“I am moving forward, and I do not say this lightly; I owe my life to Sutton Mental Health Foundation. That is the truth!” (Mark’s testimonial – read the full transcript here“)

Working on the model devised by Shery Mead, we have trained a number of people who use mental health services in Sutton as Intentional Peer Support Workers. In a pilot project, that soon became a permanent arrangement, our Peer Support Workers provided a service twice a week to Sutton Hospital, working with patients on the psychiatric ward. Sutton Hospital wards have closed, and the Sutton beds are currently at Springfield hospital in Tooting Bec. As more people participated in the training we have been able to be able to expand our services into the community, and have now set up Sutton Hopeline staffed at weekend evenings by Intentional Peer Support Workers. The number is 02081508872 and is open Saturday and Sunday 8.30pm until 11.30pm. We have accredited trainers in Intentional Peer Support and have been involved in delivering training to other organisations.

Vicki receiving her Peer Support Certificate from Paul Burstow

Vicki receiving her Peer Support certificate from Paul Burstow

Intentional Peer Support workers are people who have personal experience of mental distress and of using mental health services. They offer mutual support to anyone who feels that it may be helpful to talk about their own experience of mental distress and mental health services with someone who has been there too.

“Intentional Peer Support” is the term used to describe a variety of groups and/or practices where people seek to learn and grow as equals by drawing on their own and each others’ knowledge, skills and experiences. Peer support is most commonly found in settings where it is important that people of the same standing look out for each other, and where power, hierarchy, disempowerment and claims to special knowledge about others have been found to get in the way of people working together and caring for themselves and each other.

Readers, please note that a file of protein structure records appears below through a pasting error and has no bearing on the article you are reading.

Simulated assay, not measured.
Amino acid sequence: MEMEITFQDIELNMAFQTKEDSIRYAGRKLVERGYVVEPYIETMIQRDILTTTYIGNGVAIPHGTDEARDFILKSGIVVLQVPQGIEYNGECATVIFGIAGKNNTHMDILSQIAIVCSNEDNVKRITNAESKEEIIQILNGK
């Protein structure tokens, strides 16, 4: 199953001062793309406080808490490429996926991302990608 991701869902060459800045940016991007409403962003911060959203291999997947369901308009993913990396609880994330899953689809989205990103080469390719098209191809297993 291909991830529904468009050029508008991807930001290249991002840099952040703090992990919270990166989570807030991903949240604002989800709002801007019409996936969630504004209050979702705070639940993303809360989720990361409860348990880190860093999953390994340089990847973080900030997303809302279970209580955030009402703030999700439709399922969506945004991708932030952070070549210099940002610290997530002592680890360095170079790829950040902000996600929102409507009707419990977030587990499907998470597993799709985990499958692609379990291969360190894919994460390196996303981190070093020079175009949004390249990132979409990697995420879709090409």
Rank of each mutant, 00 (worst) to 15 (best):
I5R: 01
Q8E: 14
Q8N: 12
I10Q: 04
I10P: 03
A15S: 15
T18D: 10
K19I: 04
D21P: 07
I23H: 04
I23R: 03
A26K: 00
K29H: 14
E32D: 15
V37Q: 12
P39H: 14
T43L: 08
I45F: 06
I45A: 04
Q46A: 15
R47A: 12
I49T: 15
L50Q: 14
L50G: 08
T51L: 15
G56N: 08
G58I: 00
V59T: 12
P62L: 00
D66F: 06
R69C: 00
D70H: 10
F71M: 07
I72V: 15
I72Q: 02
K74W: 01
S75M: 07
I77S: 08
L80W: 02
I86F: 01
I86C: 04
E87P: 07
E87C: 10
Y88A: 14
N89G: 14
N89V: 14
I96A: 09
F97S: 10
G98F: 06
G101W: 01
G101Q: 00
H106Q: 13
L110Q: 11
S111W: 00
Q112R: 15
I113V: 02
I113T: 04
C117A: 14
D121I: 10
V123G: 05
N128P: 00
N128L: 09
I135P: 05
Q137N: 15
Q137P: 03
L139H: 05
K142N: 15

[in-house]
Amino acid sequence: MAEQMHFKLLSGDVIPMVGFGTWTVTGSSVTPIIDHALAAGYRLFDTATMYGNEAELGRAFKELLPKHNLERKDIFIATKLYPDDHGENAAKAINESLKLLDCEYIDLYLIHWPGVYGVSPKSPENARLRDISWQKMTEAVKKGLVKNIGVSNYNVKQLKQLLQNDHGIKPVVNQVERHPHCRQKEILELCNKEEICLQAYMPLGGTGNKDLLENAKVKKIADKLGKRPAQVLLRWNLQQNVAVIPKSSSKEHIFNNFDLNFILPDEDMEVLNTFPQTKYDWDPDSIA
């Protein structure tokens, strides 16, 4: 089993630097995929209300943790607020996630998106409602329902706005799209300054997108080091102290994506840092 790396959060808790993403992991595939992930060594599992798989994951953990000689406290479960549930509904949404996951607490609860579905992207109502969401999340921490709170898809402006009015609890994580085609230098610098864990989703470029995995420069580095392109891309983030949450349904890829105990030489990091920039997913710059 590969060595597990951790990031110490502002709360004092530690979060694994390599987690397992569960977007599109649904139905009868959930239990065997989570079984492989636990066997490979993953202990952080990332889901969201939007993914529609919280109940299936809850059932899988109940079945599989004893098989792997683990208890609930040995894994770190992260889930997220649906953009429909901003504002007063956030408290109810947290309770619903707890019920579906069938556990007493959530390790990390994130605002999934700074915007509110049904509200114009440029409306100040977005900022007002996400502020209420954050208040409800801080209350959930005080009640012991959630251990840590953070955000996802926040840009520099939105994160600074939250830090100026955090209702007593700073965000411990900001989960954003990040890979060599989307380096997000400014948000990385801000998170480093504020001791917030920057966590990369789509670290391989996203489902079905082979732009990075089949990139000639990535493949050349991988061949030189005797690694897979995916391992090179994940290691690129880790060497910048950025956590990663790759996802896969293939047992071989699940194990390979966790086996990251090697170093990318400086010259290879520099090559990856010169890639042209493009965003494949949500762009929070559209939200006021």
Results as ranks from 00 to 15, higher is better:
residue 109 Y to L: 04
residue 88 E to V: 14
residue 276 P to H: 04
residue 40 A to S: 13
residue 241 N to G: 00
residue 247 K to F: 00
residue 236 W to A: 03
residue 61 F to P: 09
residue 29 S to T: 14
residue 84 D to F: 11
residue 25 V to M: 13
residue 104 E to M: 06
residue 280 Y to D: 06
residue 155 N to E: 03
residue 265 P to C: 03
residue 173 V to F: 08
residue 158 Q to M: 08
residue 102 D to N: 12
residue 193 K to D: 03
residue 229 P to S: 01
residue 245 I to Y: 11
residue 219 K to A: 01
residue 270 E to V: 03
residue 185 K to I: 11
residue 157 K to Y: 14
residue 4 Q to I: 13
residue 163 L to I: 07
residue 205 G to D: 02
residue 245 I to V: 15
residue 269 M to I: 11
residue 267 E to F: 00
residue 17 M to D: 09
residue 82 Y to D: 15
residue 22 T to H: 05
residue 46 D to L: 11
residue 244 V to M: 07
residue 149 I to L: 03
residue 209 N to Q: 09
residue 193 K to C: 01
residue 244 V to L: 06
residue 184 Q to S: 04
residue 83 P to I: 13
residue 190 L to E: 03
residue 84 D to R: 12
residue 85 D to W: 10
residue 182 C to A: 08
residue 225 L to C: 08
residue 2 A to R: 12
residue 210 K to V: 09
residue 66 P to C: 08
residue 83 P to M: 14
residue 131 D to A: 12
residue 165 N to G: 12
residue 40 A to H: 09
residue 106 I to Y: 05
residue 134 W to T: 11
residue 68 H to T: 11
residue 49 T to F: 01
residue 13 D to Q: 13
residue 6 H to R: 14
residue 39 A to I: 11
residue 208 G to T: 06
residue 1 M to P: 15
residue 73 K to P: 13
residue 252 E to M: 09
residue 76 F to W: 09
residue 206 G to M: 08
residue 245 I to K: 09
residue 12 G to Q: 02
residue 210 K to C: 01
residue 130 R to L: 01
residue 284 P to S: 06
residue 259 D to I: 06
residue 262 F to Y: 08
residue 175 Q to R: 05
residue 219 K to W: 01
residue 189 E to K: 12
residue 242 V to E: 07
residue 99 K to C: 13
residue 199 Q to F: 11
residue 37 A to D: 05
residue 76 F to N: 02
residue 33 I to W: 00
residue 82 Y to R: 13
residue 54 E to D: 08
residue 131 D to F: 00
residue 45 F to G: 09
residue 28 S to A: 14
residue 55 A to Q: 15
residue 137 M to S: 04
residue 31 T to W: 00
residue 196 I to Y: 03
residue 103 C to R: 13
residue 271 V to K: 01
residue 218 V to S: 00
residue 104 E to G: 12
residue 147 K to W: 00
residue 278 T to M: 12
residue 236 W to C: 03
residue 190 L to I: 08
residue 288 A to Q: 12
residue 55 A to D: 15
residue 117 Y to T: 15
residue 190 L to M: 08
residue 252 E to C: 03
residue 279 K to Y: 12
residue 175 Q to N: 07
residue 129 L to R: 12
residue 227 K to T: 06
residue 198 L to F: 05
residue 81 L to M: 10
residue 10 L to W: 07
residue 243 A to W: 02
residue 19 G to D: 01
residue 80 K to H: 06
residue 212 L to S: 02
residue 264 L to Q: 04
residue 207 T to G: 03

“The class was organised in such a way that we all learned from each other, and visibly grew together” (Martyn’s Testimonial – read the full transcript here)

Intentional Peer Support avoids the psychiatric or medical model based around a diagnosis and instead starts with people’s own stories.

Geoff on Ward 3, Springfield, for Patients' Council

Geoff on Ward 3, Springfield, for Patients’ Council

Intentional Peer Support is about creating relationships that make it OK for us to not just be in peer relationships, but to use them as a tool to take a bigger look at how we’ve learned to operate in the world… Being intentional means that we come into the relationship with a specific purpose in mind. While peer support assumes the characteristics of any healthy relationship, there is also a specific intention. The intention is to purposefully communicate in ways that help both people step outside their current story. (Mead, 2005, p.15)